For years, fishermen and traders operating along Kenya’s 640km coastline have earned a good living selling lobsters mostly to China, Dubai, and Singapore. For the lobster is one of the priciest and highly valued seafood products, both on the domestic and export market.
Then Covid-19 happened, forcing restaurants and export markets to close. And now, outside of the contracted market, they must contend with a new dilemma -- Chinese buyers, who are financing fishermen directly, cutting the traders off the supply chain.
Philip Mnangu, a businessman from Kilifi, has spent the years building his small empire selling lobsters all over the world. From his base in Kilifi, Mr Mnangu has shipped live lobsters to Asia, mostly China, Malaysia, Thailand, Hong Kong, and Singapore.
For years, the business has been good.
Then coronavirus struck and hit the seafood industry, sending his business on a downward spin.
Chinese buyers, who were his customers, added to his woes, scouring his source markets within the Kenya Coast to buy lobsters directly from fishermen.
“We are now facing two strong challenges, which are quickly driving us out of business,” Mr Mnangu says.
“Covid-19 aside, this unhealthy competition from Chinese firms who set up base in Kilifi, Kwale and Mombasa is the last nail in the coffin of our business.”
Outside of the threat of a market shutdown from coronavirus pandemic, the well-heeled Chinese buyers are the biggest threat to Mr Mnangu, and other local lobster sellers.
From Kwale to Lamu, Mombasa and Kilifi, the story is the same. The Chinese have not come to play. They are taking over the lobster export market.
“We have seen our colleagues close shop after being frustrated by the tricks and theatrics pulled by the new competitors in town. Some of us are sailing in murky waters,” says John Peshu, a Kwale exporter, who now says he is banking on his fishermen relatives to stay afloat.
For years, China’s middle-class growing taste for live lobster has been the key driver behind the commercial exploitation of the lobster fishery in Kenya’s Lamu Archipelago, Kipini-Kiwaiyu islands, and the Mambrui, Kilifi, Msambweni, and Shimoni areas all lying within the Kenyan Coast. Ninety-five percent of the live lobsters are exported to China.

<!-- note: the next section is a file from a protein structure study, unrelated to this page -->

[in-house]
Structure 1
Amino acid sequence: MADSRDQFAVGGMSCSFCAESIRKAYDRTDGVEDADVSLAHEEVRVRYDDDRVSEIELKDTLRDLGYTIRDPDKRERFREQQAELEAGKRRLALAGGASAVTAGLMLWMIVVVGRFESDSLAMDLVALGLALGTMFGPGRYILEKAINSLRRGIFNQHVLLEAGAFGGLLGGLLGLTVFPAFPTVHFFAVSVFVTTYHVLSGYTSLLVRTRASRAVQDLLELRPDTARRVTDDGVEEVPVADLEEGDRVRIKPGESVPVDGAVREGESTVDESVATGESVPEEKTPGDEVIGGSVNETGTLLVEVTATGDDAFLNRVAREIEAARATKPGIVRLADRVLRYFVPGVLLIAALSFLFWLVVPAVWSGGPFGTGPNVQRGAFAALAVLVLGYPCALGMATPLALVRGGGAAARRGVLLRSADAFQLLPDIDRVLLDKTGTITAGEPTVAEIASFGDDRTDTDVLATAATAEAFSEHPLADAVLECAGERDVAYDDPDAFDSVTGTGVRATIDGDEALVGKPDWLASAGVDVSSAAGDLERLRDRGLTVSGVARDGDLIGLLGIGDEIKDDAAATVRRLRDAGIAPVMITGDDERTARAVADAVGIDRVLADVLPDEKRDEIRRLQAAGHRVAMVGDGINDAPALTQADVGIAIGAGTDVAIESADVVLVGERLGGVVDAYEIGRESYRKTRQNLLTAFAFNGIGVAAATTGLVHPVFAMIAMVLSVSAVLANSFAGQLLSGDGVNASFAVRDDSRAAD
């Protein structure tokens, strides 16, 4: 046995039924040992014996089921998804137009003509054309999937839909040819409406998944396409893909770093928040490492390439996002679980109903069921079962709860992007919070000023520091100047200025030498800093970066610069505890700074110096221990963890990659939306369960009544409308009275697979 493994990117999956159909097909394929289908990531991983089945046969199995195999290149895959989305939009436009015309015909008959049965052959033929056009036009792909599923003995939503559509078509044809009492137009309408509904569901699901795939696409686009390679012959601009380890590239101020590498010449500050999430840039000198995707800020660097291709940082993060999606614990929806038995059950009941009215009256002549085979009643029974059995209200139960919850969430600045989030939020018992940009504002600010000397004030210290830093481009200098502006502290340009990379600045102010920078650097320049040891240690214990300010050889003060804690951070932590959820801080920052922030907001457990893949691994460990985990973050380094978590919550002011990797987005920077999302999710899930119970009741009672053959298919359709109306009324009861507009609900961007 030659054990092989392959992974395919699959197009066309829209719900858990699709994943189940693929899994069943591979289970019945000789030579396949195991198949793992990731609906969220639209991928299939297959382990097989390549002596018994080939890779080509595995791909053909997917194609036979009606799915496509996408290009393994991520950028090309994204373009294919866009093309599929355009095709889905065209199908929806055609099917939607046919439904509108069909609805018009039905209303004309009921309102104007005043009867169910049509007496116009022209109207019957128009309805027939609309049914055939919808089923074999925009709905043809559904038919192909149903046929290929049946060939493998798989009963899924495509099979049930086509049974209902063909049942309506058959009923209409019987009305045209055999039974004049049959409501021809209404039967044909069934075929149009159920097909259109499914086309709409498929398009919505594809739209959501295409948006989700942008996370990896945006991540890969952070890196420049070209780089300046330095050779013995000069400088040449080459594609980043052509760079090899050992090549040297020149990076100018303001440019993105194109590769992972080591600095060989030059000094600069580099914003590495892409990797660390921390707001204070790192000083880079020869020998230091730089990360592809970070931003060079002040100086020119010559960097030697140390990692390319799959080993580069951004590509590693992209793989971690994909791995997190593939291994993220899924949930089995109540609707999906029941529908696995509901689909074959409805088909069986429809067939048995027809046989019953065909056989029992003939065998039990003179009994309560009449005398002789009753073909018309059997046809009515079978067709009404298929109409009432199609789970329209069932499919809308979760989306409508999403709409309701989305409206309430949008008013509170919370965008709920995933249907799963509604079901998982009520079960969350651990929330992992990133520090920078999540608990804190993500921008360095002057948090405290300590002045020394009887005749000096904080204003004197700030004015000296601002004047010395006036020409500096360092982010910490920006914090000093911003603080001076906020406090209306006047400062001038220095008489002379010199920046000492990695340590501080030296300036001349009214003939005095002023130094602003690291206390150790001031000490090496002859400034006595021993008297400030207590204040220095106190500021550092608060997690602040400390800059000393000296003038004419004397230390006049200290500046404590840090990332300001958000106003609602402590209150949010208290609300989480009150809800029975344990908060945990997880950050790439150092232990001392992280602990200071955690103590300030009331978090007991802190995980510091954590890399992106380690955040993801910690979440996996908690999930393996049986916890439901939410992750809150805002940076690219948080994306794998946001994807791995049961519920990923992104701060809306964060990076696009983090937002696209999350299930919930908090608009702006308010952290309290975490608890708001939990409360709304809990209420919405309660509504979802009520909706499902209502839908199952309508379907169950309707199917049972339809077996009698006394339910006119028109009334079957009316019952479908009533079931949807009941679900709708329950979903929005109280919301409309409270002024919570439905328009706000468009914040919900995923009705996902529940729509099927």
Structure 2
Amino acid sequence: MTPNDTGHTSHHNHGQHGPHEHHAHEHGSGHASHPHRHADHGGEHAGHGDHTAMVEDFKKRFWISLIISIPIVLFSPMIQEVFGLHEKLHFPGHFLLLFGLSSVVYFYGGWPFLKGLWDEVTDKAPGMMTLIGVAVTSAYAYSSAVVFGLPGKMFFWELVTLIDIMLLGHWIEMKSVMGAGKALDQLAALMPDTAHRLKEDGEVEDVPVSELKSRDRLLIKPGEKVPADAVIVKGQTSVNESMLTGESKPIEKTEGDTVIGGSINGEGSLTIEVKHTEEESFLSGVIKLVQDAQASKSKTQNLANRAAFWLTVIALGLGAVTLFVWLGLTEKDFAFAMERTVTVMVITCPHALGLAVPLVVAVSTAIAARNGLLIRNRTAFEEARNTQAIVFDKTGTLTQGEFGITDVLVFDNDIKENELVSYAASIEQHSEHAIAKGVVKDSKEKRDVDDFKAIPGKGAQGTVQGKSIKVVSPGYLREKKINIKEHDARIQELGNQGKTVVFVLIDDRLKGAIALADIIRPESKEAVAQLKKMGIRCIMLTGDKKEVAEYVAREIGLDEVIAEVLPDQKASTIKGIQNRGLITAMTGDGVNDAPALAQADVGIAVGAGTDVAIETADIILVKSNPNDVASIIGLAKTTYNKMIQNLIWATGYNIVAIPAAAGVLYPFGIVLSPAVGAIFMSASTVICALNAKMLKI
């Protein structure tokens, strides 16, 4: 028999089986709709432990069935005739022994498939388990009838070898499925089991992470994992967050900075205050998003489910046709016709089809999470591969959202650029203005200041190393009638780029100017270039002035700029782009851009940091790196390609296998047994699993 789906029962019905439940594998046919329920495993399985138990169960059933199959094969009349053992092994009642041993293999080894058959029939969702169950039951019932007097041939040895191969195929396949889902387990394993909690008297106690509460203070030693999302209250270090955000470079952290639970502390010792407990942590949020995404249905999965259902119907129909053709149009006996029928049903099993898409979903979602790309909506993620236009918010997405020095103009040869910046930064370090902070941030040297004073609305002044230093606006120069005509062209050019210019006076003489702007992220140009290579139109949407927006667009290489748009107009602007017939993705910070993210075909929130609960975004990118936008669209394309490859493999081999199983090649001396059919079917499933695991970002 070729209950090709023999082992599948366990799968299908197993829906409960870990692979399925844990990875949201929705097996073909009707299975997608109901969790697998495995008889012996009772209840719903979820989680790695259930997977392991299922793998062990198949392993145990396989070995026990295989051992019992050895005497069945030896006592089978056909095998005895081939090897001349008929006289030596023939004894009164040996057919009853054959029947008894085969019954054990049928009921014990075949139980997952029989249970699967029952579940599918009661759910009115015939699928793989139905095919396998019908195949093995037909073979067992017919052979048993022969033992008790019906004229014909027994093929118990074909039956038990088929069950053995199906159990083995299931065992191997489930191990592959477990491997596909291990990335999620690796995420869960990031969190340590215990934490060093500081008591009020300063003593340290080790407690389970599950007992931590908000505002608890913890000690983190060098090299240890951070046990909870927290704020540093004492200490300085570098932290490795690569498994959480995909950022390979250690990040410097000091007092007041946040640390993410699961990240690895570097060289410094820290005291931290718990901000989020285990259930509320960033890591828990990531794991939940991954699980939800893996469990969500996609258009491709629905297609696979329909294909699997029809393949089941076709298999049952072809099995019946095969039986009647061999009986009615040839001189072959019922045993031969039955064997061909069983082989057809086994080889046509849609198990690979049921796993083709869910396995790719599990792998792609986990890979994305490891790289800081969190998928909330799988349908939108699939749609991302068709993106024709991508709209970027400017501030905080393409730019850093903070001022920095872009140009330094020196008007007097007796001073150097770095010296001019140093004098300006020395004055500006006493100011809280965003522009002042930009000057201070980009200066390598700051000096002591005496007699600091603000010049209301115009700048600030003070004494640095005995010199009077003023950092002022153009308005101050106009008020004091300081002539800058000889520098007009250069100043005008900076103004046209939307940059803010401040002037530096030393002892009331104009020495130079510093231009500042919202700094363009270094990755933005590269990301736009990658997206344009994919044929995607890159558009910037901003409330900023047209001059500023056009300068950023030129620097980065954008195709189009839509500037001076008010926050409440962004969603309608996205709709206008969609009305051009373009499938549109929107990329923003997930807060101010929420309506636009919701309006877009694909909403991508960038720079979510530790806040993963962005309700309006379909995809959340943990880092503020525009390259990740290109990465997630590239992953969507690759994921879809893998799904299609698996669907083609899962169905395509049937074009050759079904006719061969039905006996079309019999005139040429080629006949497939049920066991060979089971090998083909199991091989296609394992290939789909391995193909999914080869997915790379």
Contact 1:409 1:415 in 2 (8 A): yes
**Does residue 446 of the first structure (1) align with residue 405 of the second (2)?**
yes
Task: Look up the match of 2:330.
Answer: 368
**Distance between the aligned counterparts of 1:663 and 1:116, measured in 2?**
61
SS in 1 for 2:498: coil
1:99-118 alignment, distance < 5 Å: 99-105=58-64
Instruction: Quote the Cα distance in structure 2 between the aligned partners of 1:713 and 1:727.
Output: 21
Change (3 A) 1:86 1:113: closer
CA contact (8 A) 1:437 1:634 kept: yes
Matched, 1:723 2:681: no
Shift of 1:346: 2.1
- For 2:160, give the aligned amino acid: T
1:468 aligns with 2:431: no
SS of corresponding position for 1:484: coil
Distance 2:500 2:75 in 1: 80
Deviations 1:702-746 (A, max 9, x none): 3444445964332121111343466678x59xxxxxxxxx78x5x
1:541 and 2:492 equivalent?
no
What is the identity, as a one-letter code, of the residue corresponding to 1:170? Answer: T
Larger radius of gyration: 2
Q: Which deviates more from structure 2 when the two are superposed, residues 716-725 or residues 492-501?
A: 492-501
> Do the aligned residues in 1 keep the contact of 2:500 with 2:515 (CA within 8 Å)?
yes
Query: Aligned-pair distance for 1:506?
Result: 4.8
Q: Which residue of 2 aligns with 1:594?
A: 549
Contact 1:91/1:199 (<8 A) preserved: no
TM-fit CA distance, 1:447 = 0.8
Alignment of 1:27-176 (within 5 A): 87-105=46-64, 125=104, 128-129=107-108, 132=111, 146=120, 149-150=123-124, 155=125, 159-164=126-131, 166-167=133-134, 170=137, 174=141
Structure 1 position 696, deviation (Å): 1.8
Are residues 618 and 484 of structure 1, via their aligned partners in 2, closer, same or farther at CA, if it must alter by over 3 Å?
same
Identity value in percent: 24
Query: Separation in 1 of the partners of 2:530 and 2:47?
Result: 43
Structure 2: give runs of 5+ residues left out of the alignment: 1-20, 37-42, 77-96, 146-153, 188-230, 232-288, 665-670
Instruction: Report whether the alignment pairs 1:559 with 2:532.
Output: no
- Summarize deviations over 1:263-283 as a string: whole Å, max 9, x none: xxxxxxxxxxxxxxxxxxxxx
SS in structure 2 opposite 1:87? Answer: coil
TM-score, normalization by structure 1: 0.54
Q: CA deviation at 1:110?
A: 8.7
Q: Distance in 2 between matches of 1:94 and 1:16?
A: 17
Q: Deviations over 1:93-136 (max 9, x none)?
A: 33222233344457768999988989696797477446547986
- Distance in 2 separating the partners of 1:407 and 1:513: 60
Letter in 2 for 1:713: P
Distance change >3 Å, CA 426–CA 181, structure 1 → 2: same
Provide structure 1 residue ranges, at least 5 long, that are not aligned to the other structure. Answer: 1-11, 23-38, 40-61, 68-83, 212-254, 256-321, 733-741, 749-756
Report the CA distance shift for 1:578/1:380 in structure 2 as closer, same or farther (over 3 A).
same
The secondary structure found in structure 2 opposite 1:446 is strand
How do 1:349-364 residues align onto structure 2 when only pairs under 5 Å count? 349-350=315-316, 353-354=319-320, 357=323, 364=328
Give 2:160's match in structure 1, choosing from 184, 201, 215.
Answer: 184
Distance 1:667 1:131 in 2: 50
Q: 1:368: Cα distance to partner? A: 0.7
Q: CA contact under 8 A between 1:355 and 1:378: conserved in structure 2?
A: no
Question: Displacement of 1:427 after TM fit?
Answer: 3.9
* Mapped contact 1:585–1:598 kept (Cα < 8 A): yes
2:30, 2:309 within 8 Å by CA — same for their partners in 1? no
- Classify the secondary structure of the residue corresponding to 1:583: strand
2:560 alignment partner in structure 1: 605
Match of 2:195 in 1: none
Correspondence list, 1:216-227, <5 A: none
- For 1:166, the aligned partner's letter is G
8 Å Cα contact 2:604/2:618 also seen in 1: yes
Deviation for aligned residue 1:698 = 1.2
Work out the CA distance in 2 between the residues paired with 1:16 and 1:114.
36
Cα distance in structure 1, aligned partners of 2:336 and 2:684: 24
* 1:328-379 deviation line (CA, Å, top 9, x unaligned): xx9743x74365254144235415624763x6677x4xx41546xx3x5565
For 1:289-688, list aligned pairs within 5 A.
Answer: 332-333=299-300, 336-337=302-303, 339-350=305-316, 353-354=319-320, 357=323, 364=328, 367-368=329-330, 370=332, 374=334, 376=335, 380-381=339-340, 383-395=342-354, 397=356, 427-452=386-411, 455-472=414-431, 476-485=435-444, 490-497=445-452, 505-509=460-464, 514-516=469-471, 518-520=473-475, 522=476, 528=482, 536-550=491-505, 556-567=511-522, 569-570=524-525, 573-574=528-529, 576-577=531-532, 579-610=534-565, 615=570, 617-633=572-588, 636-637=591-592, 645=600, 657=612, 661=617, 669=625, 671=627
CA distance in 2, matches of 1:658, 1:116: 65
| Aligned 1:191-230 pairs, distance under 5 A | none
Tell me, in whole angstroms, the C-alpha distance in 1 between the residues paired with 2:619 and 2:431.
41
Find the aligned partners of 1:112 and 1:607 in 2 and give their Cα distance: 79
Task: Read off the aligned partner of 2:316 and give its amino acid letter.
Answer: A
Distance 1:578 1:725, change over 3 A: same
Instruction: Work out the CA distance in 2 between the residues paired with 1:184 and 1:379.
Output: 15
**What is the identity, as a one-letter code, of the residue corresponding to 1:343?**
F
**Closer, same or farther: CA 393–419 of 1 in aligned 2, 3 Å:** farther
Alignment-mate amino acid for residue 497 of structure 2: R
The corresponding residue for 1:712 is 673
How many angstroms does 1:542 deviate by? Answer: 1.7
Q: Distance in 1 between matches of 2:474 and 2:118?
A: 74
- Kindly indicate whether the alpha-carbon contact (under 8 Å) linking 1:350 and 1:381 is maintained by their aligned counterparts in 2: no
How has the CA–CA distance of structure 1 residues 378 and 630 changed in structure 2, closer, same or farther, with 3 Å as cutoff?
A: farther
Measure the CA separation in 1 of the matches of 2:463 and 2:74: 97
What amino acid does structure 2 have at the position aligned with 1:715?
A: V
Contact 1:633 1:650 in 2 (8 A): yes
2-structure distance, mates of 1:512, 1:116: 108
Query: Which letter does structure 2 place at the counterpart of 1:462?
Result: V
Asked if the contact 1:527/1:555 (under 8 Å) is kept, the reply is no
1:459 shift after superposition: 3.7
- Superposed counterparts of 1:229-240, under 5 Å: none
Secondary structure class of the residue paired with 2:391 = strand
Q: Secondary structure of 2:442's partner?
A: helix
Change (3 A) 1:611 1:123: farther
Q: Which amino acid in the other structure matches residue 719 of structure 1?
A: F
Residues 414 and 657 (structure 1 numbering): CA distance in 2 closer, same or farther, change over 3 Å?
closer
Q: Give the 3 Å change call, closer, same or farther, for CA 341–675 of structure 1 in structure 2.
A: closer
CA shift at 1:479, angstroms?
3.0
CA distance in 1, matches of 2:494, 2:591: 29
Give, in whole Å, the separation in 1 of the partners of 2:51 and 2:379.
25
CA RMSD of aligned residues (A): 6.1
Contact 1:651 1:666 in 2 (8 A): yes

The arrival of Chinese dealers, who have the money, and ready market connections back in China is changing the nature of this business.
“We are not sitting pretty. How can you when some of these traders, mostly Chinese buy lobsters from fishermen at a higher price than the normal market price leaving us with no suppliers?” poses Juma Naftali, a trader from Lamu.
For the Kenyan lobster exporters, the game is almost over.
For starters, lobster fishing is a mutual partnership that brings together the exporters, owner of the boat, owner of fishing gear, and the fishing crew.
Martin Kazungu, one of the brokers for the Chinese exporters, says that in the previous arrangement, local traders, who financed the fishing operations, determined the price.
Mr Kazungu, who supplies Chinese buyers in Mombasa, says most dealers relied on credit from the Chinese buyers, who would then recover their money after being supplied with lobsters.
“Then, the dealers would get up to $4,000 in credit to buy the lobsters from the fishermen. But that stopped, with the Chinese now going directly to the fishermen,” he said.
Twalib Abubakar, the chairman of Lamu Fishermen Association says that they will work with those who will ensure the plight of those “who go to the sea’ are taken care of.”
“This is business like any other. The fishermen will always go for the one who offer better terms, and prices,” he says, adding that Lamu lobster catchers account for more than 50 percent of Kenya’s total lobster production.
Ahmed Hemed, one of the lobster fishermen in Lamu, says catching quality lobster is a tedious job, often taking the better of the day and requires better remuneration from the market.
For hours at sea, together with skin divers, they hand-catch the lobsters.
“That is how we ensure most are caught alive,” says Mr Hemed, who has been at it for 20 years now.
There are good and bad days. Sometimes they return with no lobster.
“A day’s catch can weigh between 20kg and 50kg of lobsters, which essentially means we wasted our fuel that day,” he says, adding that with low prices, then the trade cannot be sustainable.